The sanctuary portion of the Ginter Park Baptist Church building was originally the Grace Street Presbyterian Church, which was constructed between 1868 and 1872 on the northeast corner of 4th and Grace Streets by the congregation of the former United Presbyterian Church, the only church in Richmond destroyed in the evacuation fire of 1865. The architects for this building were Civil War Captains Marion and Charles Dimmock. The Grace Street congregation chose a Gothic revival design for their building because they wanted it to be a timeless symbol of strength and hope for a war-torn city. The building was noteworthy because of its hammerbeam ceiling, patterned after the one in London’s Westminster Hall, and its lofty spire reaching upward more than two hundred feet.
In 1906 this church decided to renovate with the help of the Tiffany Design Studio. Louis Comfort Tiffany added electrification, designed six favrile glass fixtures, and two bronze chandeliers. He also designed and installed stained glass to replace the glass in the existing arched window frames. The exterior brick walls were also covered with white stucco as the final phase of this renovation. Strangely enough after making such extensive improvements, only ten years later, the building was put up for sale without the window glass or stained glass light fixtures. The Grace Street congregation merged with Covenant Presbyterian Church and built a new building on Monument Avenue just west of Stuart Circle. Grace Covenant Presbyterian Church is still at this location. The Tiffany-designed glass light fixtures are in this building. The bronze chandeliers were sold along with the building to Ernst Farley, owner of Richmond Engineering Company and a resident of the then suburb of Ginter Park.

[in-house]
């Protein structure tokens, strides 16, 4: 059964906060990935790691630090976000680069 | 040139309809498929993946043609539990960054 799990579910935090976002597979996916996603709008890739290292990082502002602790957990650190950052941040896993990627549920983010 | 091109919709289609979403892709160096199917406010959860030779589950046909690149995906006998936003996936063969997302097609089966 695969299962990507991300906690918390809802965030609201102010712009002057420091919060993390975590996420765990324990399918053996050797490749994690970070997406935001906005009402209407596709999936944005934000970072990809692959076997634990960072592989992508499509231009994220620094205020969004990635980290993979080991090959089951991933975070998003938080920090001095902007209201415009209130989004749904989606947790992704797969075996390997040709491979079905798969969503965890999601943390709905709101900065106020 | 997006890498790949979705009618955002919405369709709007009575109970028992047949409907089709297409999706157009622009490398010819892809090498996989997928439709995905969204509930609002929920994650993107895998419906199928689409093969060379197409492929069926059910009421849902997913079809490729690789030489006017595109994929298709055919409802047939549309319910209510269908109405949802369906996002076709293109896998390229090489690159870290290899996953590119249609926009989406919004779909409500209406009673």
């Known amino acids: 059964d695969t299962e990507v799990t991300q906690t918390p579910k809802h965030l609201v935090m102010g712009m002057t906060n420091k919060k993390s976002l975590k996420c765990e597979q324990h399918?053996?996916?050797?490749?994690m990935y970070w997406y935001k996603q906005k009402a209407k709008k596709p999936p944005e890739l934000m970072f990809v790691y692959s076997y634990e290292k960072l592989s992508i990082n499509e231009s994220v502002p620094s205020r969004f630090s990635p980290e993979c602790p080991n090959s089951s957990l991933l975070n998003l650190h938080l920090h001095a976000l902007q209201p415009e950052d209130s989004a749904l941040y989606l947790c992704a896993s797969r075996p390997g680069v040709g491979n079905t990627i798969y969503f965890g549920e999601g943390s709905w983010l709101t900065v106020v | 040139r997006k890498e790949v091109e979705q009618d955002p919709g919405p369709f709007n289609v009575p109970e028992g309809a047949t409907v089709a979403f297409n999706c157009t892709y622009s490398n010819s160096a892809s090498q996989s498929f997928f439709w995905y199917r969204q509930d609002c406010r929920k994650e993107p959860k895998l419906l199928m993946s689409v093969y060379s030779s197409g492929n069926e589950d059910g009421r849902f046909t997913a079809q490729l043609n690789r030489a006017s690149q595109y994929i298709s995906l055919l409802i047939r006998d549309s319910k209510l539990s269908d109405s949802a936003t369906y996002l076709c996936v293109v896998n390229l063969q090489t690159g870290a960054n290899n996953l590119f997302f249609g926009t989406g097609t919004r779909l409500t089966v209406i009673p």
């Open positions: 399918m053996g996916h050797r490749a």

In 1916 Ginter Park Baptist Church was founded and held services in Miss Grace Arents’ School on Hawthorne Avenue, now the Ginter Park Community Building. In 1919 the small but growing congregation decided to purchase the Grace Street Church building which charter member Mr. Farley now owned. They decided to purchase this older building because they wanted a church which would denote permanence and would stand as a symbol of the grandeur of Almighty God. Therefore the building, with some modifications designed by the architectural firm of Hallett and Pratt, was reconstructed in 1920 and completed in 1926 at the corner of Brook Road and Wilmington Avenue. The original balcony and tall steeple were not rebuilt both because of changes in building codes and additional cost. The magnificent ceiling was installed in its entirety, and the original window frames without the Tiffany glass were used and filled with sheets of tin. The arched cornices originally on the exterior of the building were placed inside. A baptistery was added and was reconfigured in 1949 with a new stained glass window depicting the Jordan River purchased from the Willet Studios in Philadelphia. The two bronze chandeliers in the shape of crowns were hung and remained until 1954 when, for reasons now unknown, they were either sold or given to the United Way for use in their headquarters at the Branch House. The present light fixtures and recessed ceiling lights were added at that time.